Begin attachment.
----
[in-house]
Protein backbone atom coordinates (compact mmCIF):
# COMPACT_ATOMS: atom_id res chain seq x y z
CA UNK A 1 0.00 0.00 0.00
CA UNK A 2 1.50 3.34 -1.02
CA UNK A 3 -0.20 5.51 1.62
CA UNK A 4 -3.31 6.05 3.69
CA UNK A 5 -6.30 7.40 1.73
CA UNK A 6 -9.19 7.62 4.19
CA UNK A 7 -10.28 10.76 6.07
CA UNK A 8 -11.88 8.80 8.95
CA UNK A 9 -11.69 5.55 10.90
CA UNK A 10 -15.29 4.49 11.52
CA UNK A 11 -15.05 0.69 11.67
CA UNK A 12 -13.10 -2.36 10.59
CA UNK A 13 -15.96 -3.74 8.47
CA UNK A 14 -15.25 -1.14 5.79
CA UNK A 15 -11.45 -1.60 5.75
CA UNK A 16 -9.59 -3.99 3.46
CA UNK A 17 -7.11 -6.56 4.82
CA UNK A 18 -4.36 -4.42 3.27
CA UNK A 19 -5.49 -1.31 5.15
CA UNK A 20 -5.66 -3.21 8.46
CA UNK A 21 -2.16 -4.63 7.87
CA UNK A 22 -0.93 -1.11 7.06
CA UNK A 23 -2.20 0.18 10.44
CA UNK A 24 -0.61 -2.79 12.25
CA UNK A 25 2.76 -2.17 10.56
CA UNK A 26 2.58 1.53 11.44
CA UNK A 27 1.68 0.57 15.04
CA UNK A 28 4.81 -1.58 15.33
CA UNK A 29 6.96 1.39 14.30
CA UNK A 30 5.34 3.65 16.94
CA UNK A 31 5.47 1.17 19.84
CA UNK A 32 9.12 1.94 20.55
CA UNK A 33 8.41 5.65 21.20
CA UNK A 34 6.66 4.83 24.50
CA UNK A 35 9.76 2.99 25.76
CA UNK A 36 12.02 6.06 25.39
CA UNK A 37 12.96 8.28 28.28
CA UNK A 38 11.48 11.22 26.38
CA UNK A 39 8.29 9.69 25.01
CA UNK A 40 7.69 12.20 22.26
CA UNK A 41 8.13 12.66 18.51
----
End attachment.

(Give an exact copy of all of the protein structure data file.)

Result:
[in-house]
Protein backbone atom coordinates (compact mmCIF):
# COMPACT_ATOMS: atom_id res chain seq x y z
CA UNK A 1 0.00 0.00 0.00
CA UNK A 2 1.50 3.34 -1.02
CA UNK A 3 -0.20 5.51 1.62
CA UNK A 4 -3.31 6.05 3.69
CA UNK A 5 -6.30 7.40 1.73
CA UNK A 6 -9.19 7.62 4.19
CA UNK A 7 -10.28 10.76 6.07
CA UNK A 8 -11.88 8.80 8.95
CA UNK A 9 -11.69 5.55 10.90
CA UNK A 10 -15.29 4.49 11.52
CA UNK A 11 -15.05 0.69 11.67
CA UNK A 12 -13.10 -2.36 10.59
CA UNK A 13 -15.96 -3.74 8.47
CA UNK A 14 -15.25 -1.14 5.79
CA UNK A 15 -11.45 -1.60 5.75
CA UNK A 16 -9.59 -3.99 3.46
CA UNK A 17 -7.11 -6.56 4.82
CA UNK A 18 -4.36 -4.42 3.27
CA UNK A 19 -5.49 -1.31 5.15
CA UNK A 20 -5.66 -3.21 8.46
CA UNK A 21 -2.16 -4.63 7.87
CA UNK A 22 -0.93 -1.11 7.06
CA UNK A 23 -2.20 0.18 10.44
CA UNK A 24 -0.61 -2.79 12.25
CA UNK A 25 2.76 -2.17 10.56
CA UNK A 26 2.58 1.53 11.44
CA UNK A 27 1.68 0.57 15.04
CA UNK A 28 4.81 -1.58 15.33
CA UNK A 29 6.96 1.39 14.30
CA UNK A 30 5.34 3.65 16.94
CA UNK A 31 5.47 1.17 19.84
CA UNK A 32 9.12 1.94 20.55
CA UNK A 33 8.41 5.65 21.20
CA UNK A 34 6.66 4.83 24.50
CA UNK A 35 9.76 2.99 25.76
CA UNK A 36 12.02 6.06 25.39
CA UNK A 37 12.96 8.28 28.28
CA UNK A 38 11.48 11.22 26.38
CA UNK A 39 8.29 9.69 25.01
CA UNK A 40 7.69 12.20 22.26
CA UNK A 41 8.13 12.66 18.51